GNOME 41 adds new features and makes several improvements to the open source desktop, and in this post we take a look at closer look at the best of them.
Released on September 22, 2021, GNOME 41 is not as dramatic of an update as the GNOME 40 release earlier this year. But while it does not rejig the desktop layout to the same extent it does carry with it the same sincere commitment to improving the GNOME desktop experience.
As you are about to see, the latest uplift includes a crop of new features, a bunch of improvements, plus one or two interesting design changes.
I should note that the Ubuntu 21.10 release due in October will NOT include GNOME 41 as its default desktop, but GNOME 40. A couple of GNOME 41 apps, such as the desktop Calendar, are GNOME 41 versions.
Intro out of the way, let’s go!
Top GNOME 41 Features
New Multitasking Panel (+ More)
There are a variety of updates to the GNOME Control Center (aka ‘Settings’) app this cycle, but the standout star is the new multitasking panel.
Several options adjusting how the GNOME Shell desktop works are surfaced here, negating the need to use the GNOME Tweaks app. You can: –
- Disable hot corner
- Disable active screen edges
- Dynamic or fixed number of workspaces
- Workspace behaviour on multi-monitors
- App switching preferences
Multitasking isn’t the only new page added to the GNOME Control Centre in this release. A new ‘Cellular’ panel is also introduced in GNOME 41, to aid configuring mobile connections and modems. Like other panes in the Control Center, the new Cellular section only appears when compatible hardware is present, so don’t feel miffed if you don’t see it.
There are also a couple of tweaks to other panels, such as a new Accessibility setting to disable animations in GNOME Shell, and colourful new artwork in the Mouse & Touchpad settings test, which says bye-bye person flying kite, hello bear riding a motorbike!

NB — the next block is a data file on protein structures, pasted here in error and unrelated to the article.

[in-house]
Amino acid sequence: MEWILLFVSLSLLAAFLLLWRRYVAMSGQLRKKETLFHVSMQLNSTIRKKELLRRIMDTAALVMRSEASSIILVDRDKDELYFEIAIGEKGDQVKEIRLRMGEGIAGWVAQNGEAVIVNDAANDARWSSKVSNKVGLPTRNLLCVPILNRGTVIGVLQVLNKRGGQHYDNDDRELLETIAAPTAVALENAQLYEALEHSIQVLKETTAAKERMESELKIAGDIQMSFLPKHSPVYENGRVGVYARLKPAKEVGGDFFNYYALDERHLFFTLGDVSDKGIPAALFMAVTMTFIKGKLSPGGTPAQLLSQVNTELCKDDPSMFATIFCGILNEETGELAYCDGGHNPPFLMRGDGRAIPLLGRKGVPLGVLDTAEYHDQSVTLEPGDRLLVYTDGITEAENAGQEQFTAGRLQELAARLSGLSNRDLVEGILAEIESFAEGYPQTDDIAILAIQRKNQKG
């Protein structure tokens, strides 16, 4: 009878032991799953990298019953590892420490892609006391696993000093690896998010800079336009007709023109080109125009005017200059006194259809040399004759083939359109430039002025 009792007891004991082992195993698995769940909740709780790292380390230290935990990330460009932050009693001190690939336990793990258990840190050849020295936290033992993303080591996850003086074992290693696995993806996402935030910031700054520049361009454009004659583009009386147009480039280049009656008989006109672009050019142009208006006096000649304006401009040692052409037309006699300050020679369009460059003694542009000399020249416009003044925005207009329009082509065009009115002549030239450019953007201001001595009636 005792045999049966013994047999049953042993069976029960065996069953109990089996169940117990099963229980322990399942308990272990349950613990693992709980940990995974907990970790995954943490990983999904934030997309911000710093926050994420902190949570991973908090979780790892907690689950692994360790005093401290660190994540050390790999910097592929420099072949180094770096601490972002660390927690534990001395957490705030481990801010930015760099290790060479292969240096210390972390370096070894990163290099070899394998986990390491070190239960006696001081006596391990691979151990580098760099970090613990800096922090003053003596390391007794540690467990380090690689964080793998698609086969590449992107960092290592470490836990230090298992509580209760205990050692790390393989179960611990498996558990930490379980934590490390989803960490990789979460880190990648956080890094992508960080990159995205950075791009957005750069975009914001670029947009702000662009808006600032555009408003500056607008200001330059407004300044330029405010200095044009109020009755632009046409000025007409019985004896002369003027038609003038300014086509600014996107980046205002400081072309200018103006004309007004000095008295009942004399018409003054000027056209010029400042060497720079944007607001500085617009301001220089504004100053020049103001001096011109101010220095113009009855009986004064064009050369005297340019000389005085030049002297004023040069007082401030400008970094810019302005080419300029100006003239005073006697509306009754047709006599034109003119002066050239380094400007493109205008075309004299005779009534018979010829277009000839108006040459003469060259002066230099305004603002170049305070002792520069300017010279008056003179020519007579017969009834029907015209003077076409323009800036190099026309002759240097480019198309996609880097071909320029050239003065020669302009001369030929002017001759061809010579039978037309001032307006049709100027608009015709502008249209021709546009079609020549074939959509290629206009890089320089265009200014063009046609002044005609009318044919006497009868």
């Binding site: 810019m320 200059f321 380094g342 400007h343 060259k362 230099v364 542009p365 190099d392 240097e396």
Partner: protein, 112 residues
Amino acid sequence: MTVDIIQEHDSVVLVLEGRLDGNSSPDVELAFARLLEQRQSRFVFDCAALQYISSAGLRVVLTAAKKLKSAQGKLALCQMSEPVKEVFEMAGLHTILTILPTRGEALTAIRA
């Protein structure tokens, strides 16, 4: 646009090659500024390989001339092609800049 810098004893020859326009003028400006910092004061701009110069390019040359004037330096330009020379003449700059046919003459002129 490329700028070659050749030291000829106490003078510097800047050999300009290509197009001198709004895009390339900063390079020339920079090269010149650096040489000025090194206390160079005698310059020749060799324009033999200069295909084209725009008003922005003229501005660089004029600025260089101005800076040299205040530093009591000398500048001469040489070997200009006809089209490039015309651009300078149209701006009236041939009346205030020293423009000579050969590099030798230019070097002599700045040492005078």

GNOME Software 41
Remember those (rather spiffy) GNOME Software mockups we highlighted back in February? Well, a lot of that design work is translated into tangible code for GNOME 41, where it makes a good first impression.
GNOME Software has a new icon-based header strip. The ‘explore’ homepage boasts a bold new layout with bigger featured app banners, colourful category tiles, and informative ‘Editor’s Choice’ excerpts. The end result is a dynamic store front that feels more engaging and informative than the one it replaces.
App listing pages also benefit from some redesign efforts. They now makes better use of application screenshots, and relay more information about applications through the use of app information tiles.
Away from the task of displaying and surfacing apps, there are other general UI improvements in GNOME Software 41 too, including an redesigned software repositories dialog, better list styling of installed apps and pending updates, plus a few new icons peppered throughout.
Power Options in Status Menu
GNOME 40 introduced power profiles to the Settings app. GNOME 41 devs make switchable power profiles more accessible by showing them in the Status Menu by default.
There’s also been additional work to improve the integration of power profiles. For instance, low power mode is activated automatically when GNOME 41 is running on battery power and the battery reaches a low level (don’t want this? There’s an option to disable it too).
You’ll also notice that the brightness of the screen is dimmed more aggressively when low power mode is on.
An interesting change: power profiles can be requested by apps automatically, for the duration they run. For example, a games may request the device switches to performance power profile while it’s active. Devs have refreshed the Power settings panel to let users know when/if apps request this, as it may impact performance.
GNOME Calendar 41
I didn’t realise until recently that it wasn’t possible to make GNOME Calendar the default calendaring app (try for yourself on Ubuntu) — on my Ubuntu 21.04 install Text Editor is the default calendar app!
This was because Calendar wasn’t technically a file handler; it couldn’t be asked to open, say,
.ics files, and do something with them.